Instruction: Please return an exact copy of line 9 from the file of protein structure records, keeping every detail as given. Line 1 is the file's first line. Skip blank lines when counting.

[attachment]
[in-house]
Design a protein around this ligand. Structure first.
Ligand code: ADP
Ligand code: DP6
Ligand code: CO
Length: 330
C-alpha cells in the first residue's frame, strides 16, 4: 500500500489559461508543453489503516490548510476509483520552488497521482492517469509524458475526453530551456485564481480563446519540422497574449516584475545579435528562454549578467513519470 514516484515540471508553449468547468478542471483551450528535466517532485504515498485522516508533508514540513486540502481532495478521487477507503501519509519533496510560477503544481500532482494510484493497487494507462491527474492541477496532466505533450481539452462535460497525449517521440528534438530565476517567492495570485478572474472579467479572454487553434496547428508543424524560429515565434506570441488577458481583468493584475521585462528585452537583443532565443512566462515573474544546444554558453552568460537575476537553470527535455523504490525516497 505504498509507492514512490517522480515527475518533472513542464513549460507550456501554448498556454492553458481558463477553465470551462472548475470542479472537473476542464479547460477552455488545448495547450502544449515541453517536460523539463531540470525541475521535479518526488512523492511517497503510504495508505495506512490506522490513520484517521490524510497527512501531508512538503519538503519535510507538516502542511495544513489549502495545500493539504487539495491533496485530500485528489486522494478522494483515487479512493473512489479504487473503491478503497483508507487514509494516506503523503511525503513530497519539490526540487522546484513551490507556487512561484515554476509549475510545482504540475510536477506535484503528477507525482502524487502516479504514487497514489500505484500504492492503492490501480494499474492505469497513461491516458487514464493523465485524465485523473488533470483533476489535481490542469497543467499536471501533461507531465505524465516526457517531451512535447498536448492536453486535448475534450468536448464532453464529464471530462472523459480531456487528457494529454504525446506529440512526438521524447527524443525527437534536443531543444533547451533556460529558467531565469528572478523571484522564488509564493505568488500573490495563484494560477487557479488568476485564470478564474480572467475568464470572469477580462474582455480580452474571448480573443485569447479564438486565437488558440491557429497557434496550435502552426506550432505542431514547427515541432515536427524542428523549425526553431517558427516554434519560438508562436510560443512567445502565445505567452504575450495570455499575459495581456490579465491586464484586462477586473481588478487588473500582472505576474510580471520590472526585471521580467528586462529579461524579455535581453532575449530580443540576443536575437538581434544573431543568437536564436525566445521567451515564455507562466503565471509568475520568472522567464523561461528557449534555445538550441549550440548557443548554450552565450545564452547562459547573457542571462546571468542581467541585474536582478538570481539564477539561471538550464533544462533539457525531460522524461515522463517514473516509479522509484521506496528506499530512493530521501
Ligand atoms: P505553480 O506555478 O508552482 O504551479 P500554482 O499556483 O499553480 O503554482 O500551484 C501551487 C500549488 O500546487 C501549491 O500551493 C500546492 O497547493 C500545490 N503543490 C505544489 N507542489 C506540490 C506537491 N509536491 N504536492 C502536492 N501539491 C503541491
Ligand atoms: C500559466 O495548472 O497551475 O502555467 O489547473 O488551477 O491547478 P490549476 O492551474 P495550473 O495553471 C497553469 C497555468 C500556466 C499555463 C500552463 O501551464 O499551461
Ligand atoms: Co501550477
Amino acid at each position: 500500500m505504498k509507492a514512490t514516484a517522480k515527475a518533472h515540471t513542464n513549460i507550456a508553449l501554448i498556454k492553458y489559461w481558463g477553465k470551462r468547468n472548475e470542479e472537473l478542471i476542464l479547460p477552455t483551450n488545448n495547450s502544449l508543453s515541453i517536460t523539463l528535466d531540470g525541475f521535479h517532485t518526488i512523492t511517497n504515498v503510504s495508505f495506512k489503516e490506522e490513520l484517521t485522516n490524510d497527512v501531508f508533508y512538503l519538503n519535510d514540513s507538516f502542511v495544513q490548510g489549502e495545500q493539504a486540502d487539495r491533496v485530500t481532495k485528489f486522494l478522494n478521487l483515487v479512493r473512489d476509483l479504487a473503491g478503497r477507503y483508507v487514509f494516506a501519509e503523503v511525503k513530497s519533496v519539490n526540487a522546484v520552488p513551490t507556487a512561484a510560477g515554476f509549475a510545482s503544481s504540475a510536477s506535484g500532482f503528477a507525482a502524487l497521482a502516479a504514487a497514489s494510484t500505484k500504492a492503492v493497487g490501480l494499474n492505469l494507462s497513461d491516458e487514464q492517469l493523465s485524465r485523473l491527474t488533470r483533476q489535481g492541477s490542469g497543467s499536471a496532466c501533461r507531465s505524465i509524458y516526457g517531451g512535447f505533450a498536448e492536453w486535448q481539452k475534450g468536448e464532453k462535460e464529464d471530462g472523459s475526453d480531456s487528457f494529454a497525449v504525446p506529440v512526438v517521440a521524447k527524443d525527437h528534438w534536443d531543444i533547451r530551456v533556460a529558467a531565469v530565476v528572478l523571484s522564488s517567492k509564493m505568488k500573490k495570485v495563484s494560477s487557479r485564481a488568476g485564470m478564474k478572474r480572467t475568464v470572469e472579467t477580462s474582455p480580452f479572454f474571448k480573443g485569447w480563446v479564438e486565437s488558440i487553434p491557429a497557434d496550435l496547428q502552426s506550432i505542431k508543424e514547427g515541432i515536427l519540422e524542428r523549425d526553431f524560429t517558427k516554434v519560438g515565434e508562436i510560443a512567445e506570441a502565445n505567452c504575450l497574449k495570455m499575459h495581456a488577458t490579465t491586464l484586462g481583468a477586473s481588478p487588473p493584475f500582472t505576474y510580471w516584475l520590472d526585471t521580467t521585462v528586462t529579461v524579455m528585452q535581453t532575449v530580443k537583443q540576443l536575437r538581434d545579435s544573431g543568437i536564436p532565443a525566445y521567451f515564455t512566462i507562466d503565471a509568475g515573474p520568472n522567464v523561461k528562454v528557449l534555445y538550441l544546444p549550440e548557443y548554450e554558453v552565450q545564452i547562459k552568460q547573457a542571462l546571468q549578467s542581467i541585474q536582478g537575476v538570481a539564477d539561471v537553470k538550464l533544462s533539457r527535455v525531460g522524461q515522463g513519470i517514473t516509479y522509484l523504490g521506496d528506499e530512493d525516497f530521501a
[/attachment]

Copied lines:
Ligand atoms: C500559466 O495548472 O497551475 O502555467 O489547473 O488551477 O491547478 P490549476 O492551474 P495550473 O495553471 C497553469 C497555468 C500556466 C499555463 C500552463 O501551464 O499551461